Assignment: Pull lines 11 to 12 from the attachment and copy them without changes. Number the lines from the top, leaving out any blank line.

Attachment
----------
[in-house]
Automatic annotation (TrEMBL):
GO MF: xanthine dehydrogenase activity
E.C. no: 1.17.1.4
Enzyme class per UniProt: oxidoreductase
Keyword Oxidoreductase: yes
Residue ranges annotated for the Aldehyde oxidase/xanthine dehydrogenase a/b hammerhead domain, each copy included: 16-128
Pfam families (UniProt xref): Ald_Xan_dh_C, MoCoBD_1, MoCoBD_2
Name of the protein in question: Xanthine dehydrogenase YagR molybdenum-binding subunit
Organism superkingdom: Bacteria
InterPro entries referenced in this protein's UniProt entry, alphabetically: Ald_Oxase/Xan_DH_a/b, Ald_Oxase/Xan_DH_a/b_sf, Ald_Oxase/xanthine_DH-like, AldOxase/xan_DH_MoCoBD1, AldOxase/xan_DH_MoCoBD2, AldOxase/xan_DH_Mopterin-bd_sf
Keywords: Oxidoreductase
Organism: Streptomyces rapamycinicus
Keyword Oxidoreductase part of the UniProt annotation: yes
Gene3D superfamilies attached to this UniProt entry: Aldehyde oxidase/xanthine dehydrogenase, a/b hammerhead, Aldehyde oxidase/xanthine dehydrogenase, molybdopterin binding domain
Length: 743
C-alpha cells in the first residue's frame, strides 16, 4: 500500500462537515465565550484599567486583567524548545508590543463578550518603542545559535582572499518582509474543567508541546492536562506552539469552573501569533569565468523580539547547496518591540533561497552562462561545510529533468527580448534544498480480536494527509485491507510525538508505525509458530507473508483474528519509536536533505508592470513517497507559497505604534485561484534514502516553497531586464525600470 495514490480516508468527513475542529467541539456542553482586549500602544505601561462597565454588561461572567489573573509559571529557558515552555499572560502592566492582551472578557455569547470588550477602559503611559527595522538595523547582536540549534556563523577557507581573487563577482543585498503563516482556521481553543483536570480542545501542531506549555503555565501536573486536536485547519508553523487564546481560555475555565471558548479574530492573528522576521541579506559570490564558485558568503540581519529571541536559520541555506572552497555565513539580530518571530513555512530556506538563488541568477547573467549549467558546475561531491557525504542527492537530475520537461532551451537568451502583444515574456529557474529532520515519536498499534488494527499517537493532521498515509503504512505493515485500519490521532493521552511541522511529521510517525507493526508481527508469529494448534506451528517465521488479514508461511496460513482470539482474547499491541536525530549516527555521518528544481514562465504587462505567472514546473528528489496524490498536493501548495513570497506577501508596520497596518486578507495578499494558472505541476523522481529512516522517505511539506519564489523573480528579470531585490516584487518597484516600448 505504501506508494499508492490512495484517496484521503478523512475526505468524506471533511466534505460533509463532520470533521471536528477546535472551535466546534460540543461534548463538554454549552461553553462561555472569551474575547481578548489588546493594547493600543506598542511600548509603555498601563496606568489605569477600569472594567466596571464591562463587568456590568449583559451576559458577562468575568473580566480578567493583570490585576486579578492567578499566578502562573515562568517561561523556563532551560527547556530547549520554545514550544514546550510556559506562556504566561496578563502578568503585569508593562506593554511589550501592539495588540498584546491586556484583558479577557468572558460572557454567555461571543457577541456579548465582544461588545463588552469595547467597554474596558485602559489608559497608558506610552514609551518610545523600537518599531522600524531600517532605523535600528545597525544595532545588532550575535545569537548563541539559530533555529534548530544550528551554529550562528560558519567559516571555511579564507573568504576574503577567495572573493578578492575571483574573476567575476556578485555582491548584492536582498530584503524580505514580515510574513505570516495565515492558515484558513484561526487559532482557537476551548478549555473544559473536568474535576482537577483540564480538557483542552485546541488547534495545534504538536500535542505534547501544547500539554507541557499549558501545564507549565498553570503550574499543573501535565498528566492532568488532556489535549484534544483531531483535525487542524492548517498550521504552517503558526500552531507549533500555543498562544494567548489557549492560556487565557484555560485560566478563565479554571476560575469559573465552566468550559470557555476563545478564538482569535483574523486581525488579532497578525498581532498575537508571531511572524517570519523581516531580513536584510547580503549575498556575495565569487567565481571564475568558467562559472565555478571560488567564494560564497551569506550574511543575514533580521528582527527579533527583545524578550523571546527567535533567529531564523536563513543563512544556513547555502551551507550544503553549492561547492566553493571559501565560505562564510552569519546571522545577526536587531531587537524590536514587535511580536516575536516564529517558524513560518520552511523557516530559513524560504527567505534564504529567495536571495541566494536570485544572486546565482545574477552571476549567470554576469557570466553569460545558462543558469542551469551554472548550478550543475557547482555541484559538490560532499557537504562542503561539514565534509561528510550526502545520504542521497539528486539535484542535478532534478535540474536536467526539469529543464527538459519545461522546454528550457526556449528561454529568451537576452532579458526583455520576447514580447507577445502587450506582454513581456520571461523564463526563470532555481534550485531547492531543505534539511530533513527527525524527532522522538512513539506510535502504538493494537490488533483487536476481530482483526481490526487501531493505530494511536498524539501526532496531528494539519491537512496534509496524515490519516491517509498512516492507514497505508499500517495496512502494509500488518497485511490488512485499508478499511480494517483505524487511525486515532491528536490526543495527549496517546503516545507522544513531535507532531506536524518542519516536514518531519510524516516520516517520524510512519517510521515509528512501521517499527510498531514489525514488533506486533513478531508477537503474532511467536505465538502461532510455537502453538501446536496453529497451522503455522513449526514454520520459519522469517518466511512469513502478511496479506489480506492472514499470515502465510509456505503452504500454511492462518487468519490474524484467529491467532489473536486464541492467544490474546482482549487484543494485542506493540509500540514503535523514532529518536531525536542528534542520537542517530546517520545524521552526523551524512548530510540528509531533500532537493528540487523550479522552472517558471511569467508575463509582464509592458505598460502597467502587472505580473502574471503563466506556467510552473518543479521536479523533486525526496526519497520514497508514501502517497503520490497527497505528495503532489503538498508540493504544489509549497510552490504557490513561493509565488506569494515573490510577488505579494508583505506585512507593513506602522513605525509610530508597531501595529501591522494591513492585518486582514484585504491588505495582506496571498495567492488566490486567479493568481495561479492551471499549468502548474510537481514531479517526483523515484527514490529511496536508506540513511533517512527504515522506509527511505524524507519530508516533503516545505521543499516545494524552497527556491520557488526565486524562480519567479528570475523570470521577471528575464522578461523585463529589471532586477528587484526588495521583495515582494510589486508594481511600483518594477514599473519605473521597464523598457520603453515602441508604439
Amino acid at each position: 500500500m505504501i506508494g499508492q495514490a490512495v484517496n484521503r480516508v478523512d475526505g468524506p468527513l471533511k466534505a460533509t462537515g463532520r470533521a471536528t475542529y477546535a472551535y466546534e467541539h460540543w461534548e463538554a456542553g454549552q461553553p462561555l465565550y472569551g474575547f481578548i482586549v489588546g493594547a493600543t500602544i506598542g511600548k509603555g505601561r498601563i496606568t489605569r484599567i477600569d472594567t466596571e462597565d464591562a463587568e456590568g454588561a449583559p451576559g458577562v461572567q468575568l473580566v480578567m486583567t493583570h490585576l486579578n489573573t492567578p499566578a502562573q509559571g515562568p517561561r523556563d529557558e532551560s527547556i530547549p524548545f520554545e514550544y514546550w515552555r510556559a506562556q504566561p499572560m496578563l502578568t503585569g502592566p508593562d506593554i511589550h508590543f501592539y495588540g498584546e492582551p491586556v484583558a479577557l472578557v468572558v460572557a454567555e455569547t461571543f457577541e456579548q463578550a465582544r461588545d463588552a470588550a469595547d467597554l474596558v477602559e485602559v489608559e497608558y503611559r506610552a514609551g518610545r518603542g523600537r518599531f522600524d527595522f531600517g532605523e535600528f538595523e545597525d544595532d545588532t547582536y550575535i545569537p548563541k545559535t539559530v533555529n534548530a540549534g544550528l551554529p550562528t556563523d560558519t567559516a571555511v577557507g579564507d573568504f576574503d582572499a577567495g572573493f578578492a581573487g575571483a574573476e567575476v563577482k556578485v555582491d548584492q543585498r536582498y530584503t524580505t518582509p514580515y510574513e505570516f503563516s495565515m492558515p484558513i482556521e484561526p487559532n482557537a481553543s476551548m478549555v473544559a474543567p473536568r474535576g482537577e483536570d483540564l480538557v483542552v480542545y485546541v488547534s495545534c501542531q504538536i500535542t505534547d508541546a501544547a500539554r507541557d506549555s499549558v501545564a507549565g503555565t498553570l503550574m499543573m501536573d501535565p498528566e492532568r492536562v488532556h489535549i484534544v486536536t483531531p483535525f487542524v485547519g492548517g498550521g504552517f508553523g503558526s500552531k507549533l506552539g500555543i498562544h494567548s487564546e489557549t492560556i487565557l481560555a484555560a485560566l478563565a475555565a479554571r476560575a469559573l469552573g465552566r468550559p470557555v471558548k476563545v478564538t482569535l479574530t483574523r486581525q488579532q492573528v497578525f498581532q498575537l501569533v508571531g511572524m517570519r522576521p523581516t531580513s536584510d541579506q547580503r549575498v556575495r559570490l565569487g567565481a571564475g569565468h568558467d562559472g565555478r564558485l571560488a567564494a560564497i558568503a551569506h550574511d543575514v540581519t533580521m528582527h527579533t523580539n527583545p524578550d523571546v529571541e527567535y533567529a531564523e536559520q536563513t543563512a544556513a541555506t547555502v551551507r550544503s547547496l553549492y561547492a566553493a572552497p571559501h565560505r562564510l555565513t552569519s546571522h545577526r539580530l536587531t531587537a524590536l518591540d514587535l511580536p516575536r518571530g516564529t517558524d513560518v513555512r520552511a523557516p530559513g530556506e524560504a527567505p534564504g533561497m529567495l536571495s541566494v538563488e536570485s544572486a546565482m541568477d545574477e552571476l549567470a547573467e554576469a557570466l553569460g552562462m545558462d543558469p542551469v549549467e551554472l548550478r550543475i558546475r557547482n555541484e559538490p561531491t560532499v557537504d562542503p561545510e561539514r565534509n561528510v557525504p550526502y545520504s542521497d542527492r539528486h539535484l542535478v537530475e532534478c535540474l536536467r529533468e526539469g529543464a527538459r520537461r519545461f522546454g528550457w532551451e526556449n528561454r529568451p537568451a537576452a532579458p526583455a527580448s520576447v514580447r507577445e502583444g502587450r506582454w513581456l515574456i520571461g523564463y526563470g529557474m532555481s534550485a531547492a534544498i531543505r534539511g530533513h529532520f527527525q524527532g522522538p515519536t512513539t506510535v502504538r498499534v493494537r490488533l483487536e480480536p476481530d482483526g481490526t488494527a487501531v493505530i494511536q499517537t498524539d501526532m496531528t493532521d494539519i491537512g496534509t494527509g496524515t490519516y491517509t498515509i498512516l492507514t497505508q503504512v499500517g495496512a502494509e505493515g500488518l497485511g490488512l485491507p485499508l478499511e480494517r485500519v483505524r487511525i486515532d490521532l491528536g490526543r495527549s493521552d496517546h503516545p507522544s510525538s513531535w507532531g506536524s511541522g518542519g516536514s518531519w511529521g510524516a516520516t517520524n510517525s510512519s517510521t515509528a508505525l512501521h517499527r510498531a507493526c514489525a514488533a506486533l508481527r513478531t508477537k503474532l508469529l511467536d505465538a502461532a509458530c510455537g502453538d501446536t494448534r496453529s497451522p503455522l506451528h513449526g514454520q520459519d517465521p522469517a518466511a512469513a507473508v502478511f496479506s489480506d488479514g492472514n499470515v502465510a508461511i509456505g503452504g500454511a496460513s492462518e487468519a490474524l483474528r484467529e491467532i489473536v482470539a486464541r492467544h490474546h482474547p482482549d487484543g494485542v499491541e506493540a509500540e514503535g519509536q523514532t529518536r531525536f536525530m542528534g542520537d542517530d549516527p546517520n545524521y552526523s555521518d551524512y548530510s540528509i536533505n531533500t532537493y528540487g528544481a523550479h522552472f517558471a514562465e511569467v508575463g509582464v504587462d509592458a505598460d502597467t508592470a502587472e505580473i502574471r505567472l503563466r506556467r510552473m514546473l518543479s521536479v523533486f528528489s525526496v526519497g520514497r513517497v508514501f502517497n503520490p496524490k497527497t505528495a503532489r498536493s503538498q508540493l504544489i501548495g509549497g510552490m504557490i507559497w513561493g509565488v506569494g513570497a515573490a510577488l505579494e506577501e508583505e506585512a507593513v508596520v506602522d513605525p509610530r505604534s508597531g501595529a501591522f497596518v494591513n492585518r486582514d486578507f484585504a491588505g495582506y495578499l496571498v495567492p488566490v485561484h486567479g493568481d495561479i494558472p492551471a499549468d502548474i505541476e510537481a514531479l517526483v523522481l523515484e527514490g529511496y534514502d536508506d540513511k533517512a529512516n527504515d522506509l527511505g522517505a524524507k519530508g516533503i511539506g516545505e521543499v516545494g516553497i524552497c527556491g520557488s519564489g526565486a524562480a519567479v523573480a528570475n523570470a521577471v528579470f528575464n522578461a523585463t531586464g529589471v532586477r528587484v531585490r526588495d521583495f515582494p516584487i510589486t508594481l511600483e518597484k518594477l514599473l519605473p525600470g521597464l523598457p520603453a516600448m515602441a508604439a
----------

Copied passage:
InterPro entries referenced in this protein's UniProt entry, alphabetically: Ald_Oxase/Xan_DH_a/b, Ald_Oxase/Xan_DH_a/b_sf, Ald_Oxase/xanthine_DH-like, AldOxase/xan_DH_MoCoBD1, AldOxase/xan_DH_MoCoBD2, AldOxase/xan_DH_Mopterin-bd_sf
Keywords: Oxidoreductase